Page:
Severe developmental delays, cognitive impairment and encephalopathy (which for consistency are referred to as HIV-associated Neurocognitive Disorders [HAND]) occurred in 30-50% of perinatally infected children prior to the availability of effective combination antiretroviral therapy (ART). While with ART the incidence of encephalopathy has been reduced, severe cognitive impairment is still identified in 15-20% of HIV-infected children. Additionally, although much research has been performed on HAND, the neuropathogenesis of CNS impairment remains to be elucidated. The research proposed will apply state-of-the-art exome sequencing technology to identify the host genetic factors associated with HAND in children.
The specific aims of this proposal are:
Aim 1 : Apply whole exome sequencing (WES) to identify novel candidate genetic variants associated with HAND in a discovery cohort of perinatally infected children. In this aim, WES will be used to identify novel genetic locus variants and pathways that are associated with HAND in children. The hypothesis to be tested is that by examining all protein-coding sequences (exomes) in addition to HLA and killer Ig-like receptor (KIR) alleles in 500 HIV-infected children equally divided between subjects with HAND and those with normal neurocognitive and neurodevelopmental function gene locus variants will be identified which are associated with CNS disease.
Aim 2 : Evaluate the associations of the genetic variants with CNS disease in replication cohorts of HIV-infected children in the U.S. Having identified novel genetic variants that are associated with HAND in Aim 1, the association of ~500 variants and specific HLA/KIR genotypes of highest significance in the discovery cohort will be tested for association in two U.S. replication cohorts with similar ethnic and socioeconomic backgrounds as the discovery cohort. Targeted exome sequencing and genotyping of specific HLA and KIR SNPs will be performed.
Aim 3 : Examine the genetic variants identified in Aims 1 and 2 associated with CNS disease of children in the U.S. for association of these polymorphisms with CNS disease in a cohort of HIV-infected children in South Africa. The hypothesis to be tested is that although a cohort of children born in South Africa differs significantly from those born in the U.S., genes carrying variants identified to alter the risk of HIV-related CNS disease in U.S. born children will also be important determinants of risk for children from South Africa. For these studies, targeted exome sequencing and specific HLA and KIR genotypes will be applied to South African HIV-infected children who have undergone extensive neuropsychometric and developmental testing. To our knowledge, our research has access to the largest cohorts of well-characterized HIV-infected children with CNS outcomes in the world, and will for the first time apply exome sequencing to large number of HIV-infected children. The findings of this research will provide insights into the pathogenesis of HAND and suggest novel strategies how to treat and to prevent the CNS disease associated with HIV.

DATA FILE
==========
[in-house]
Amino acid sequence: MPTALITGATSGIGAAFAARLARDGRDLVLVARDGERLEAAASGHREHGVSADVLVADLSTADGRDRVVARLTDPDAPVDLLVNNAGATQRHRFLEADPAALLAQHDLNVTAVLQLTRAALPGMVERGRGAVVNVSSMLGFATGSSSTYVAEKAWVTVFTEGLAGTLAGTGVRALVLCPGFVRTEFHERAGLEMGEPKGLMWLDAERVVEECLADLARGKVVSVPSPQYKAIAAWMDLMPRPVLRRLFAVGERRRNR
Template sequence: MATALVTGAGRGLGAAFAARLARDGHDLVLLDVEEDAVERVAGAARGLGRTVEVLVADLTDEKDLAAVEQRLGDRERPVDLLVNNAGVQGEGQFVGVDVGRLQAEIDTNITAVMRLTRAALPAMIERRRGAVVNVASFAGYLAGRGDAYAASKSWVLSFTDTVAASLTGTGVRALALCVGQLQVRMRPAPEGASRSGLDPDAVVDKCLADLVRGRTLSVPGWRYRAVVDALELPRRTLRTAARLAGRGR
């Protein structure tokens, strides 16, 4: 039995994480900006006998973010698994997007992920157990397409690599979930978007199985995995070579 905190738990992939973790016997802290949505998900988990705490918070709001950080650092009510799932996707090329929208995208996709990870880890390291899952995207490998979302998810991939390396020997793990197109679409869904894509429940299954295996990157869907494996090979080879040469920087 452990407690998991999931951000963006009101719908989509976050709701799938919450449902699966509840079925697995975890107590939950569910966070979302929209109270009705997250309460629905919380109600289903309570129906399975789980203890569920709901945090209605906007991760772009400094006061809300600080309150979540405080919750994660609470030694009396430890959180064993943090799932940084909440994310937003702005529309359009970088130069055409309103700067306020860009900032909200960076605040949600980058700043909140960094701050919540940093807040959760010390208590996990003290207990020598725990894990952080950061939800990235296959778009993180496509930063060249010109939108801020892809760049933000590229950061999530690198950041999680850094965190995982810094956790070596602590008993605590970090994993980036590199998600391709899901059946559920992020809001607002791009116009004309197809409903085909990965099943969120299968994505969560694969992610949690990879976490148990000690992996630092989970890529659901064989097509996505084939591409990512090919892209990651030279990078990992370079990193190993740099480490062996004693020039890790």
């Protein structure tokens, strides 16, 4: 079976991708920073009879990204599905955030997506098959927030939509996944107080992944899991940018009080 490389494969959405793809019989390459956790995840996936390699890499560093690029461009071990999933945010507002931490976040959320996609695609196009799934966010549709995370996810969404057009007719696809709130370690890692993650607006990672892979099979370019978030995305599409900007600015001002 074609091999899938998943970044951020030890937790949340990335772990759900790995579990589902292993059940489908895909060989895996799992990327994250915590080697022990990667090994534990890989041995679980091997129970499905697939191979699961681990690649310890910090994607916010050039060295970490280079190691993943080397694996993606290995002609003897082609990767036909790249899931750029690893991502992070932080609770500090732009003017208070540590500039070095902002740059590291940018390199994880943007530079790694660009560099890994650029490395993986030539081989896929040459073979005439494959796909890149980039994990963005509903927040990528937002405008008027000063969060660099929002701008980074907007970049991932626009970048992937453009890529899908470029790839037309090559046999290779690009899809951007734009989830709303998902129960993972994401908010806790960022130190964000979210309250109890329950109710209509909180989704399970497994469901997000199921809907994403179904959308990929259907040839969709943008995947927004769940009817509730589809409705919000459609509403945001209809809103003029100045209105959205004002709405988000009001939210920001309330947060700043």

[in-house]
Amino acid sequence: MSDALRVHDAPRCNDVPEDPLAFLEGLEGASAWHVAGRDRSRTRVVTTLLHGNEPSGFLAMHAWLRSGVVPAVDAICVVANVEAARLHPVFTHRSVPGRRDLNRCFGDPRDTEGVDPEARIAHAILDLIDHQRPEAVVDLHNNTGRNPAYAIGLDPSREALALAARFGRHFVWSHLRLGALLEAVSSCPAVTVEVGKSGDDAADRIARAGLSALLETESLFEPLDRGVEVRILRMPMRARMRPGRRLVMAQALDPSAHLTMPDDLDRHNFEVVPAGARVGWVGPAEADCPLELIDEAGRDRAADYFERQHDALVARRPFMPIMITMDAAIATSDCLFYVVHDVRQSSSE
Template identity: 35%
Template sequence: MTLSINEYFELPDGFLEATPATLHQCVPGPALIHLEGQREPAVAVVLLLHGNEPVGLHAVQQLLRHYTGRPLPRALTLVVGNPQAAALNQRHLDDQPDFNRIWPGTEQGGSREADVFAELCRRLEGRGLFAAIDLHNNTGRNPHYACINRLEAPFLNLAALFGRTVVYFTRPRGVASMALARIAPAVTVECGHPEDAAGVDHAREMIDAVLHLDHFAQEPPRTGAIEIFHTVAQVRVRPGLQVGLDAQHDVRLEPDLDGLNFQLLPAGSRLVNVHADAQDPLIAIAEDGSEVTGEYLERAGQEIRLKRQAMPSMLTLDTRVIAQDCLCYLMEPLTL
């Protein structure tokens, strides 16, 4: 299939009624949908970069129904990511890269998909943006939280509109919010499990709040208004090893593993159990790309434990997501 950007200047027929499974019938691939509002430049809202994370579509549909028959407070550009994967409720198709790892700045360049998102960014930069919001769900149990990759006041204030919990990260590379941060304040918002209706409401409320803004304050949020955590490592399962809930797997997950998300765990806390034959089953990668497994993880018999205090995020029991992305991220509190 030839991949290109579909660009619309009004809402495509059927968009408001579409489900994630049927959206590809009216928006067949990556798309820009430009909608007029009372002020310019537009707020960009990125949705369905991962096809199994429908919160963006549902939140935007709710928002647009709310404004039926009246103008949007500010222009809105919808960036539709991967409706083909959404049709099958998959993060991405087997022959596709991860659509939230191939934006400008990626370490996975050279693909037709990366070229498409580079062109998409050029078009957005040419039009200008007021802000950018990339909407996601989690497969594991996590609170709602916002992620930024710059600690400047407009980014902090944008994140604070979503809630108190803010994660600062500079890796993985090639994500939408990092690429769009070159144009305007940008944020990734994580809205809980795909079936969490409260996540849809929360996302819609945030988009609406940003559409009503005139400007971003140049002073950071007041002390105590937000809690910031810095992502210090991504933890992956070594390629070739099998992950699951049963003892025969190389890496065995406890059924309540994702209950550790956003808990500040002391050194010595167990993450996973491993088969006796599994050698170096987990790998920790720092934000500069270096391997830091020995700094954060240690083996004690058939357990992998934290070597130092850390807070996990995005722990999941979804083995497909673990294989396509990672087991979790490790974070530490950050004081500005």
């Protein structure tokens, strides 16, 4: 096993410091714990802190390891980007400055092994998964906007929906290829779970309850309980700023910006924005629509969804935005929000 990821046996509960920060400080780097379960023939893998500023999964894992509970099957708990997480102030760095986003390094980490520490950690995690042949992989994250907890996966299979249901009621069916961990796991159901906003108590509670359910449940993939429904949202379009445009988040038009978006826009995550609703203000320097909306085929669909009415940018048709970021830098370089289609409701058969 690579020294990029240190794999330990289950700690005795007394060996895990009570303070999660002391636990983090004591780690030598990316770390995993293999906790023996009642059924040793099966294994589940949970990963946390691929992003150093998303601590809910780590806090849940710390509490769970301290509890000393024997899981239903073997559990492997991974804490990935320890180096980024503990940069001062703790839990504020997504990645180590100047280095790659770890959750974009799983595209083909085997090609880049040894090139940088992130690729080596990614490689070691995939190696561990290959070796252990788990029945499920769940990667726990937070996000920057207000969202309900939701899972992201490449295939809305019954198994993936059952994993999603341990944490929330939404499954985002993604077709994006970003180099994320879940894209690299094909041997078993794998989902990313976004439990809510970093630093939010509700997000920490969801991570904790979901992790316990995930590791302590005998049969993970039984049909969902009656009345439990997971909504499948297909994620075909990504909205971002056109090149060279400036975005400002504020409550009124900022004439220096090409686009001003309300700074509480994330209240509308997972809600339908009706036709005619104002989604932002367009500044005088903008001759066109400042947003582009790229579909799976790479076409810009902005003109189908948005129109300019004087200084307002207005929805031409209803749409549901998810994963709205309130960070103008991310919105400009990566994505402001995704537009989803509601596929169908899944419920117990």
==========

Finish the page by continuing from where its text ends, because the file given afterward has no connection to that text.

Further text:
Despite the availability of effective antiretroviral treatment, HIV-associated Neurocognitive Disorders (HAND) is still common among HIV-infected children and adults, and the neuropathogenesis of the CNS impairment remains to be elucidated. The research proposed will apply state-of-the-art exome sequencing technology to identify the host genetic factors associated with HAND in children. The findings of this research will provide insights into the pathogenesis of HAND, and suggest novel strategies how to treat and to prevent the CNS disease associated with HIV.
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